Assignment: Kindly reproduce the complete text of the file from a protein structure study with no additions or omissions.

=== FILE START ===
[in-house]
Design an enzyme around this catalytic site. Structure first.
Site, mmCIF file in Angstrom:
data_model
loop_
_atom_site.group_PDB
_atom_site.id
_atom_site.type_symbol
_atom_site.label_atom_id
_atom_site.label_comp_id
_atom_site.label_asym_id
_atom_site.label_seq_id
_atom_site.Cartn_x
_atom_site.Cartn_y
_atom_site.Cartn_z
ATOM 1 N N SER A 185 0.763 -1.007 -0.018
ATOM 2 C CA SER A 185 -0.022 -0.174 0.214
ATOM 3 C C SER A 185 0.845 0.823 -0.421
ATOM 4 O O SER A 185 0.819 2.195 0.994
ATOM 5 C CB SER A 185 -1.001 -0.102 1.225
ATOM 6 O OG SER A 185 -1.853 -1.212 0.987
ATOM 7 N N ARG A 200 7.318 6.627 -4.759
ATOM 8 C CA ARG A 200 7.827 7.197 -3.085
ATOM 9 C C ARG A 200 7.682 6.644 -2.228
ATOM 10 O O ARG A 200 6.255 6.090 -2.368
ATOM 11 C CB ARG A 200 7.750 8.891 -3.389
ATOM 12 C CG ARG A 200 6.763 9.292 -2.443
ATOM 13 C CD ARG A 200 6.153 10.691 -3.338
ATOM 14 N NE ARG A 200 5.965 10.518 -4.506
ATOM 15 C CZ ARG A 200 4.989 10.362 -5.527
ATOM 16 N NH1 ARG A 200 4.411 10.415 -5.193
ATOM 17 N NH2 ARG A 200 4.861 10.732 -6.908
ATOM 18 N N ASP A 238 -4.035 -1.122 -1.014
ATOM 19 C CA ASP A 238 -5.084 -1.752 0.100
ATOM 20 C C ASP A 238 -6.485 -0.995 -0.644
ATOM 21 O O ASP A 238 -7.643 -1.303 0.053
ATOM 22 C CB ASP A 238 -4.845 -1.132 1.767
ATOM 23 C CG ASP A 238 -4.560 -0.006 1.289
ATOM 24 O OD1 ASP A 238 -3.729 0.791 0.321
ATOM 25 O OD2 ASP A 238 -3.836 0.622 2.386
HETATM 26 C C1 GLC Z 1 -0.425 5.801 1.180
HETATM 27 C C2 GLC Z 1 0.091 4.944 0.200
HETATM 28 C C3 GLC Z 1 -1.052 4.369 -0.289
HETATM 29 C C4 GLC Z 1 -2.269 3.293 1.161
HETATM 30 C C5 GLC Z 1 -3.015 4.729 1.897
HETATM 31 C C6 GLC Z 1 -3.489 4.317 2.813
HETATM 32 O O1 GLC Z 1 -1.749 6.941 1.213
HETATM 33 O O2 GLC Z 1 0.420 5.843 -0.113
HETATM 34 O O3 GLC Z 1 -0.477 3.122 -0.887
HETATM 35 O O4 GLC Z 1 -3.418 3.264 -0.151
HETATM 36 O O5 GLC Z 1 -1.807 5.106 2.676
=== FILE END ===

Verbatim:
[in-house]
Design an enzyme around this catalytic site. Structure first.
Site, mmCIF file in Angstrom:
data_model
loop_
_atom_site.group_PDB
_atom_site.id
_atom_site.type_symbol
_atom_site.label_atom_id
_atom_site.label_comp_id
_atom_site.label_asym_id
_atom_site.label_seq_id
_atom_site.Cartn_x
_atom_site.Cartn_y
_atom_site.Cartn_z
ATOM 1 N N SER A 185 0.763 -1.007 -0.018
ATOM 2 C CA SER A 185 -0.022 -0.174 0.214
ATOM 3 C C SER A 185 0.845 0.823 -0.421
ATOM 4 O O SER A 185 0.819 2.195 0.994
ATOM 5 C CB SER A 185 -1.001 -0.102 1.225
ATOM 6 O OG SER A 185 -1.853 -1.212 0.987
ATOM 7 N N ARG A 200 7.318 6.627 -4.759
ATOM 8 C CA ARG A 200 7.827 7.197 -3.085
ATOM 9 C C ARG A 200 7.682 6.644 -2.228
ATOM 10 O O ARG A 200 6.255 6.090 -2.368
ATOM 11 C CB ARG A 200 7.750 8.891 -3.389
ATOM 12 C CG ARG A 200 6.763 9.292 -2.443
ATOM 13 C CD ARG A 200 6.153 10.691 -3.338
ATOM 14 N NE ARG A 200 5.965 10.518 -4.506
ATOM 15 C CZ ARG A 200 4.989 10.362 -5.527
ATOM 16 N NH1 ARG A 200 4.411 10.415 -5.193
ATOM 17 N NH2 ARG A 200 4.861 10.732 -6.908
ATOM 18 N N ASP A 238 -4.035 -1.122 -1.014
ATOM 19 C CA ASP A 238 -5.084 -1.752 0.100
ATOM 20 C C ASP A 238 -6.485 -0.995 -0.644
ATOM 21 O O ASP A 238 -7.643 -1.303 0.053
ATOM 22 C CB ASP A 238 -4.845 -1.132 1.767
ATOM 23 C CG ASP A 238 -4.560 -0.006 1.289
ATOM 24 O OD1 ASP A 238 -3.729 0.791 0.321
ATOM 25 O OD2 ASP A 238 -3.836 0.622 2.386
HETATM 26 C C1 GLC Z 1 -0.425 5.801 1.180
HETATM 27 C C2 GLC Z 1 0.091 4.944 0.200
HETATM 28 C C3 GLC Z 1 -1.052 4.369 -0.289
HETATM 29 C C4 GLC Z 1 -2.269 3.293 1.161
HETATM 30 C C5 GLC Z 1 -3.015 4.729 1.897
HETATM 31 C C6 GLC Z 1 -3.489 4.317 2.813
HETATM 32 O O1 GLC Z 1 -1.749 6.941 1.213
HETATM 33 O O2 GLC Z 1 0.420 5.843 -0.113
HETATM 34 O O3 GLC Z 1 -0.477 3.122 -0.887
HETATM 35 O O4 GLC Z 1 -3.418 3.264 -0.151
HETATM 36 O O5 GLC Z 1 -1.807 5.106 2.676